# Electroweak interaction

In particle physics, the **electroweak interaction** or **electroweak force** is the unified description of two of the four known fundamental interactions of nature: electromagnetism and the weak interaction. Although these two forces appear very different at everyday low energies, the theory models them as two different aspects of the same force. Above the unification energy, on the order of 246 GeV,^{[a]} they would merge into a single force. Thus, if the universe is hot enough (approximately 10^{15} K, a temperature not believed to have been exceeded since shortly after the Big Bang), then the electromagnetic force and weak force merge into a combined electroweak force. During the quark epoch, the electroweak force splits into the electromagnetic and weak force.

Sheldon Glashow,^{[1]} Abdus Salam,^{[2]} and Steven Weinberg^{[3]} were awarded the 1979 Nobel Prize in Physics for their contributions to the unification of the weak and electromagnetic interaction between elementary particles, known as the **Weinberg–Salam theory**.^{[4]}^{[5]} The existence of the electroweak interactions was experimentally established in two stages, the first being the discovery of neutral currents in neutrino scattering by the Gargamelle collaboration in 1973, and the second in 1983 by the UA1 and the UA2 collaborations that involved the discovery of the W and Z gauge bosons in proton–antiproton collisions at the converted Super Proton Synchrotron. In 1999, Gerardus 't Hooft and Martinus Veltman were awarded the Nobel prize for showing that the electroweak theory is renormalizable.

After the Wu experiment discovered parity violation in the weak interaction, a search began for a way to relate the weak and electromagnetic interactions. Extending his doctoral advisor Julian Schwinger's work, Sheldon Glashow first experimented with introducing two different symmetries, one chiral and one achiral, and combined them such that their overall symmetry was unbroken. This didn't yield a renormalizable theory, and its gauge symmetry had to be broken by hand as no spontaneous mechanism was known, but it predicted a new particle, the Z boson. This received little notice, as it matched no experimental finding.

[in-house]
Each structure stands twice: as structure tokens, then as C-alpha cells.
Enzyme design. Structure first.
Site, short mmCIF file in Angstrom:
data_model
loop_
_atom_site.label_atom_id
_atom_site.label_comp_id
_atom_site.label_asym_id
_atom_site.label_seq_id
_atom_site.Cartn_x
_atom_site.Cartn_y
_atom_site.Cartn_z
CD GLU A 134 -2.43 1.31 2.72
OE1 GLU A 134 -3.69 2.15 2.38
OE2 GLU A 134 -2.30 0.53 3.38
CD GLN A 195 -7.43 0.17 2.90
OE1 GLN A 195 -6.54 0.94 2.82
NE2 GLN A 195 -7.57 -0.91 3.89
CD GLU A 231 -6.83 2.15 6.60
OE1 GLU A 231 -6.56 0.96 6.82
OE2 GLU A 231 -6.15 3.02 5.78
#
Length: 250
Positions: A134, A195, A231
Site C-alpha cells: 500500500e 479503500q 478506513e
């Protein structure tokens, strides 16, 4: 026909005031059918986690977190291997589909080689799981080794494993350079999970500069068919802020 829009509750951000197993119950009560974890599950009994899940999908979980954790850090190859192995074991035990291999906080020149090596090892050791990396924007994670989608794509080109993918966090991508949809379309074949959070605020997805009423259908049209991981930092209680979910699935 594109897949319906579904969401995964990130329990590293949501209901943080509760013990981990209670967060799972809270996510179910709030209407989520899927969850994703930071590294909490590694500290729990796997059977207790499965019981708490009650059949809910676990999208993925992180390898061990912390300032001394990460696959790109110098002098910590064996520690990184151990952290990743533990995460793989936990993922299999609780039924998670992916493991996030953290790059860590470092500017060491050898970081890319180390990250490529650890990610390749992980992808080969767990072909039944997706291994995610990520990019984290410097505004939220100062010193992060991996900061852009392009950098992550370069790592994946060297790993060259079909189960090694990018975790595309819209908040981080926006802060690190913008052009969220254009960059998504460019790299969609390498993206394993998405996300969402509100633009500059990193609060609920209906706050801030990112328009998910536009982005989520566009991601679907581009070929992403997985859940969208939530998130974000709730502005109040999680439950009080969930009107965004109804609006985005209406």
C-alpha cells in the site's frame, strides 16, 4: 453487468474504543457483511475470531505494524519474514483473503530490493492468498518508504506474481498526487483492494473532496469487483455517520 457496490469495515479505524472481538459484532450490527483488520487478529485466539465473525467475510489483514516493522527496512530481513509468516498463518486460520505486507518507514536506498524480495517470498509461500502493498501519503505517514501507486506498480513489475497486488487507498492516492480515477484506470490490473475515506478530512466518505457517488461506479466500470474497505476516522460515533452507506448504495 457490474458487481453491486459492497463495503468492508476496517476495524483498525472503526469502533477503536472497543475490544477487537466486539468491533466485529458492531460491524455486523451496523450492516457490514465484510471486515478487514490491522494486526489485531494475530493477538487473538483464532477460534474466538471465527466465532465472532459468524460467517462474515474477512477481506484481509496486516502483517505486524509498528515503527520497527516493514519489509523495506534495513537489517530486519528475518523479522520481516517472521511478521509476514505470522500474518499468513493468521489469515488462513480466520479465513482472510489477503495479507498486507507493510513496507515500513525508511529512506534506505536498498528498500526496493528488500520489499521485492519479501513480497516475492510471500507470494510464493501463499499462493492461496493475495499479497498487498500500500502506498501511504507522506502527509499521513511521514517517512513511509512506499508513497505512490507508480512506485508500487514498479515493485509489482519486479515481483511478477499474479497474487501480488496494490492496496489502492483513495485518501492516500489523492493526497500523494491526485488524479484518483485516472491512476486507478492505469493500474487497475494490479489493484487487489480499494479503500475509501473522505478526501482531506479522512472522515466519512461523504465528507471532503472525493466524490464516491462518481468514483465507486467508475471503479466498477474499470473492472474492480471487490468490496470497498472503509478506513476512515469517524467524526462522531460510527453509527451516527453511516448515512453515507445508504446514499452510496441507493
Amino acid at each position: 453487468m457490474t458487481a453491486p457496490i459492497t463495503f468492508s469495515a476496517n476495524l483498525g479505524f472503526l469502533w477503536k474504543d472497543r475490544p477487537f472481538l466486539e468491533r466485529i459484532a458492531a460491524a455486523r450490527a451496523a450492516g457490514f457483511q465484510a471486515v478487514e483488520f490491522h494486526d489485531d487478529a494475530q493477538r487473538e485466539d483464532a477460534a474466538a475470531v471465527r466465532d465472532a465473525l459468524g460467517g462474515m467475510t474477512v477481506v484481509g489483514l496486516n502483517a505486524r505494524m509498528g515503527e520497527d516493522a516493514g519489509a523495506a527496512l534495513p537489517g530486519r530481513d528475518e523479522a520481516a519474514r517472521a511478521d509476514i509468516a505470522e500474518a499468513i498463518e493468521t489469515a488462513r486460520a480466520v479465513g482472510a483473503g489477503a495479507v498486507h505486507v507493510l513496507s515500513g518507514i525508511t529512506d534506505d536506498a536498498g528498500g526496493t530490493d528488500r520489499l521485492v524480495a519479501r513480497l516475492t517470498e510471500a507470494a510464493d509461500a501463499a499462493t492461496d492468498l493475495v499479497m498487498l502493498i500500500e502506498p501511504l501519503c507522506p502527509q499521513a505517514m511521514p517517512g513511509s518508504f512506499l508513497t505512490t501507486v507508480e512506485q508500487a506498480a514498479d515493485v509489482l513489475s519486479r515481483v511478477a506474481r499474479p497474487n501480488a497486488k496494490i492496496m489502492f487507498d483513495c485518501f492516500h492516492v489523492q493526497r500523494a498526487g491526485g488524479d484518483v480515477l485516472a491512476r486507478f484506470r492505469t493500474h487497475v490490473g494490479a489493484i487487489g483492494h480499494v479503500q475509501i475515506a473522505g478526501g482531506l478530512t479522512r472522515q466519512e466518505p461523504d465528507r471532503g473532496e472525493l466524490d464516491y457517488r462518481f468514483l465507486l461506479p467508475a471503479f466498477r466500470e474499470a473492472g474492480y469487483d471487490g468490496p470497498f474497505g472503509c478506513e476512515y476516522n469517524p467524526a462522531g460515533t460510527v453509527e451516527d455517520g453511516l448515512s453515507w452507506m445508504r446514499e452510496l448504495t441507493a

In 1964, Salam and Ward^{[6]} had the same idea, but predicted a massless photon and three massive gauge bosons with a manually broken symmetry. Later around 1967, while investigating spontaneous symmetry breaking, Weinberg found a set of symmetries predicting a massless, neutral gauge boson. Initially rejecting such a particle as useless, he later realized his symmetries produced the electroweak force, and he proceeded to predict rough masses for the W and Z bosons. Significantly, he suggested this new theory was renormalizable.^{[3]} In 1971, Gerard 't Hooft proved that spontaneously broken gauge symmetries are renormalizable even with massive gauge bosons.

Mathematically, electromagnetism is unified with the weak interactions as a Yang–Mills field with an SU(2) × U(1) gauge group, which describes the formal operations that can be applied to the electroweak gauge fields without changing the dynamics of the system. These fields are the weak isospin fields W_{1}, W_{2}, and W_{3}, and the weak hypercharge field B.
This invariance is known as **electroweak symmetry**.

The generators of SU(2) and U(1) are given the name weak isospin (labeled T) and weak hypercharge (labeled Y) respectively. These then give rise to the gauge bosons which mediate the electroweak interactions – the three W bosons of weak isospin (W_{1}, W_{2}, and W_{3}), and the B boson of weak hypercharge, respectively, all of which are "initially" massless. These are not physical fields yet, before spontaneous symmetry breaking and the associated Higgs mechanism.

In the Standard Model, the , and the photon, are produced through the spontaneous symmetry breaking of the electroweak symmetry SU(2) × U(1)_{Y} to U(1)_{em},^{[b]} effected by the Higgs mechanism (see also Higgs boson), an elaborate quantum field theoretic phenomenon that "spontaneously" alters the realization of the symmetry and rearranges degrees of freedom.^{[8]}^{[9]}^{[10]}^{[11]}

U(1)_{em} (the symmetry group of electromagnetism only) is defined to be the group generated by this special linear combination, and the symmetry described by the U(1)_{em} group is unbroken, since it does not *directly* interact with the Higgs.^{[c]}

The above spontaneous symmetry breaking makes the W_{3} and B bosons coalesce into two different physical bosons with different masses – the ^{}_{}Z^{0}_{} boson, and the photon (^{}_{}γ^{}_{}),

where θ_{W} is the *weak mixing angle*. The axes representing the particles have essentially just been rotated, in the (W_{3}, B) plane, by the angle θ_{W}. This also introduces a mismatch between the mass of the ^{}_{}Z^{0}_{} and the mass of the ^{}_{}W^{±}_{} particles (denoted as m_{Z} and m_{W}, respectively),

The W_{1} and W_{2} bosons, in turn, combine to produce the charged massive bosons ^{}_{}W^{±}_{}:

The Lagrangian for the electroweak interactions is divided into four parts before electroweak symmetry breaking becomes manifest,

and the covariant derivative (excluding the gluon gauge field for the strong interaction) is defined as

The Lagrangian reorganizes itself as the Higgs boson acquires a non-vanishing vacuum expectation value dictated by the potential of the previous section. As a result of this rewriting, the symmetry breaking becomes manifest. In the history of the universe, this is believed to have happened shortly after the hot big bang, when the universe was at a temperature 159.5±1.5 GeV^{[12]} (assuming the Standard Model of particle physics).

Due to its complexity, this Lagrangian is best described by breaking it up into several parts as follows.